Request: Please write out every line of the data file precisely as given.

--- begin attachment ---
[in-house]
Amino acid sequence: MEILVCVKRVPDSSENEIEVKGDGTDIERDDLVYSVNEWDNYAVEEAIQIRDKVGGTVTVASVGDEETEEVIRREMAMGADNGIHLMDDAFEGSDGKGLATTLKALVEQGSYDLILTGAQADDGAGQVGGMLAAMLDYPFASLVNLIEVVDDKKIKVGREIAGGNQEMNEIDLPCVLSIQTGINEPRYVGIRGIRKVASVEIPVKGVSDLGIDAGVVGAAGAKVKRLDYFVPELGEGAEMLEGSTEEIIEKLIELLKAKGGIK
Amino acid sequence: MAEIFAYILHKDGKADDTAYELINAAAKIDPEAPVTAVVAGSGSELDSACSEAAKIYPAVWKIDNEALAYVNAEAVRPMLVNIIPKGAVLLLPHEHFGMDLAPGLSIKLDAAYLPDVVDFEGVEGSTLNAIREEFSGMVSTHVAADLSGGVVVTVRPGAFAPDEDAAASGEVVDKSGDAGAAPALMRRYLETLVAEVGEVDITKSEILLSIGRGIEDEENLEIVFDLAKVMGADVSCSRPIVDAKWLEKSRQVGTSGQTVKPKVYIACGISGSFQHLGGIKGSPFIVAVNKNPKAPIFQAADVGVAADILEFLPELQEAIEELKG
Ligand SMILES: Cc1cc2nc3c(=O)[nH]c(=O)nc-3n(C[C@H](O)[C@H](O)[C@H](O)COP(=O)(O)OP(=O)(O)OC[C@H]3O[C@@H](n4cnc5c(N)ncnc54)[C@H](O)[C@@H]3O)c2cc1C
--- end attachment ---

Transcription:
[in-house]
Amino acid sequence: MEILVCVKRVPDSSENEIEVKGDGTDIERDDLVYSVNEWDNYAVEEAIQIRDKVGGTVTVASVGDEETEEVIRREMAMGADNGIHLMDDAFEGSDGKGLATTLKALVEQGSYDLILTGAQADDGAGQVGGMLAAMLDYPFASLVNLIEVVDDKKIKVGREIAGGNQEMNEIDLPCVLSIQTGINEPRYVGIRGIRKVASVEIPVKGVSDLGIDAGVVGAAGAKVKRLDYFVPELGEGAEMLEGSTEEIIEKLIELLKAKGGIK
Amino acid sequence: MAEIFAYILHKDGKADDTAYELINAAAKIDPEAPVTAVVAGSGSELDSACSEAAKIYPAVWKIDNEALAYVNAEAVRPMLVNIIPKGAVLLLPHEHFGMDLAPGLSIKLDAAYLPDVVDFEGVEGSTLNAIREEFSGMVSTHVAADLSGGVVVTVRPGAFAPDEDAAASGEVVDKSGDAGAAPALMRRYLETLVAEVGEVDITKSEILLSIGRGIEDEENLEIVFDLAKVMGADVSCSRPIVDAKWLEKSRQVGTSGQTVKPKVYIACGISGSFQHLGGIKGSPFIVAVNKNPKAPIFQAADVGVAADILEFLPELQEAIEELKG
Ligand SMILES: Cc1cc2nc3c(=O)[nH]c(=O)nc-3n(C[C@H](O)[C@H](O)[C@H](O)COP(=O)(O)OP(=O)(O)OC[C@H]3O[C@@H](n4cnc5c(N)ncnc54)[C@H](O)[C@@H]3O)c2cc1C